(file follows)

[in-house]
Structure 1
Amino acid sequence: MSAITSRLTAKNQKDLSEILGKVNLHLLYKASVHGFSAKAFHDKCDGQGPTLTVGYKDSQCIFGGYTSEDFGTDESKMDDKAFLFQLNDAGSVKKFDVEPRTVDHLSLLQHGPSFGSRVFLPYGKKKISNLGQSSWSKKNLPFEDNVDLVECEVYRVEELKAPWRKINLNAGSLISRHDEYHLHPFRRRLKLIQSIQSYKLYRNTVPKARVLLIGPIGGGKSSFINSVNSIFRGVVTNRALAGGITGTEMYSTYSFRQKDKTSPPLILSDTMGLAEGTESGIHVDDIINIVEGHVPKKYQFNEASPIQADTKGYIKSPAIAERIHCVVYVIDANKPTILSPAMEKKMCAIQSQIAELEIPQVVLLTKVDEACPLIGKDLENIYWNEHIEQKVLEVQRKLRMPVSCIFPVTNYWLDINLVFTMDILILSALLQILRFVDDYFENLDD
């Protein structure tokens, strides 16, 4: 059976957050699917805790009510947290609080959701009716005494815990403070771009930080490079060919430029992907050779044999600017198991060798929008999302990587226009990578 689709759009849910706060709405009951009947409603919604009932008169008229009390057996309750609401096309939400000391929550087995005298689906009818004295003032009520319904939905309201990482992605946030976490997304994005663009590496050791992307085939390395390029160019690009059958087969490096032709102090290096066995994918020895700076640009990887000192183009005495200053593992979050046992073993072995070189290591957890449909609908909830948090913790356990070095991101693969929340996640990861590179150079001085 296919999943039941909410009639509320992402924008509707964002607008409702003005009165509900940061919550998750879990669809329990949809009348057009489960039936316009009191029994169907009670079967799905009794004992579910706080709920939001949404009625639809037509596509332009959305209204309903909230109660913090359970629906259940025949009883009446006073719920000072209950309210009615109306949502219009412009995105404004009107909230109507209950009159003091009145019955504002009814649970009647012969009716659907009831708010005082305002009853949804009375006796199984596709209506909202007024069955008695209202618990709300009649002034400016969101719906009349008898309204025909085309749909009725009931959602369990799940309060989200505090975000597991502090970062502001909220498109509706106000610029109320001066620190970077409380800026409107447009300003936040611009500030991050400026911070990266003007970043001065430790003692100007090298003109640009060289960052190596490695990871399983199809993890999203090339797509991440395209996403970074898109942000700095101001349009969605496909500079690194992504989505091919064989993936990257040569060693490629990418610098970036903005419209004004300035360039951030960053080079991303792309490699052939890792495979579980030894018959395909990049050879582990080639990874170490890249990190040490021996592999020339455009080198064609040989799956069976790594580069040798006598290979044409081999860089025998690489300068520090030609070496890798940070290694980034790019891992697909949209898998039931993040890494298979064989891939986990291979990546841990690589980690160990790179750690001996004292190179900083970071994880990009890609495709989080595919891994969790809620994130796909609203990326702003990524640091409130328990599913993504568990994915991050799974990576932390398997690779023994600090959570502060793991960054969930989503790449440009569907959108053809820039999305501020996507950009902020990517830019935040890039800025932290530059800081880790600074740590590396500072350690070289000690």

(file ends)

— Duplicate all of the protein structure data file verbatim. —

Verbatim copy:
[in-house]
Structure 1
Amino acid sequence: MSAITSRLTAKNQKDLSEILGKVNLHLLYKASVHGFSAKAFHDKCDGQGPTLTVGYKDSQCIFGGYTSEDFGTDESKMDDKAFLFQLNDAGSVKKFDVEPRTVDHLSLLQHGPSFGSRVFLPYGKKKISNLGQSSWSKKNLPFEDNVDLVECEVYRVEELKAPWRKINLNAGSLISRHDEYHLHPFRRRLKLIQSIQSYKLYRNTVPKARVLLIGPIGGGKSSFINSVNSIFRGVVTNRALAGGITGTEMYSTYSFRQKDKTSPPLILSDTMGLAEGTESGIHVDDIINIVEGHVPKKYQFNEASPIQADTKGYIKSPAIAERIHCVVYVIDANKPTILSPAMEKKMCAIQSQIAELEIPQVVLLTKVDEACPLIGKDLENIYWNEHIEQKVLEVQRKLRMPVSCIFPVTNYWLDINLVFTMDILILSALLQILRFVDDYFENLDD
């Protein structure tokens, strides 16, 4: 059976957050699917805790009510947290609080959701009716005494815990403070771009930080490079060919430029992907050779044999600017198991060798929008999302990587226009990578 689709759009849910706060709405009951009947409603919604009932008169008229009390057996309750609401096309939400000391929550087995005298689906009818004295003032009520319904939905309201990482992605946030976490997304994005663009590496050791992307085939390395390029160019690009059958087969490096032709102090290096066995994918020895700076640009990887000192183009005495200053593992979050046992073993072995070189290591957890449909609908909830948090913790356990070095991101693969929340996640990861590179150079001085 296919999943039941909410009639509320992402924008509707964002607008409702003005009165509900940061919550998750879990669809329990949809009348057009489960039936316009009191029994169907009670079967799905009794004992579910706080709920939001949404009625639809037509596509332009959305209204309903909230109660913090359970629906259940025949009883009446006073719920000072209950309210009615109306949502219009412009995105404004009107909230109507209950009159003091009145019955504002009814649970009647012969009716659907009831708010005082305002009853949804009375006796199984596709209506909202007024069955008695209202618990709300009649002034400016969101719906009349008898309204025909085309749909009725009931959602369990799940309060989200505090975000597991502090970062502001909220498109509706106000610029109320001066620190970077409380800026409107447009300003936040611009500030991050400026911070990266003007970043001065430790003692100007090298003109640009060289960052190596490695990871399983199809993890999203090339797509991440395209996403970074898109942000700095101001349009969605496909500079690194992504989505091919064989993936990257040569060693490629990418610098970036903005419209004004300035360039951030960053080079991303792309490699052939890792495979579980030894018959395909990049050879582990080639990874170490890249990190040490021996592999020339455009080198064609040989799956069976790594580069040798006598290979044409081999860089025998690489300068520090030609070496890798940070290694980034790019891992697909949209898998039931993040890494298979064989891939986990291979990546841990690589980690160990790179750690001996004292190179900083970071994880990009890609495709989080595919891994969790809620994130796909609203990326702003990524640091409130328990599913993504568990994915991050799974990576932390398997690779023994600090959570502060793991960054969930989503790449440009569907959108053809820039999305501020996507950009902020990517830019935040890039800025932290530059800081880790600074740590590396500072350690070289000690």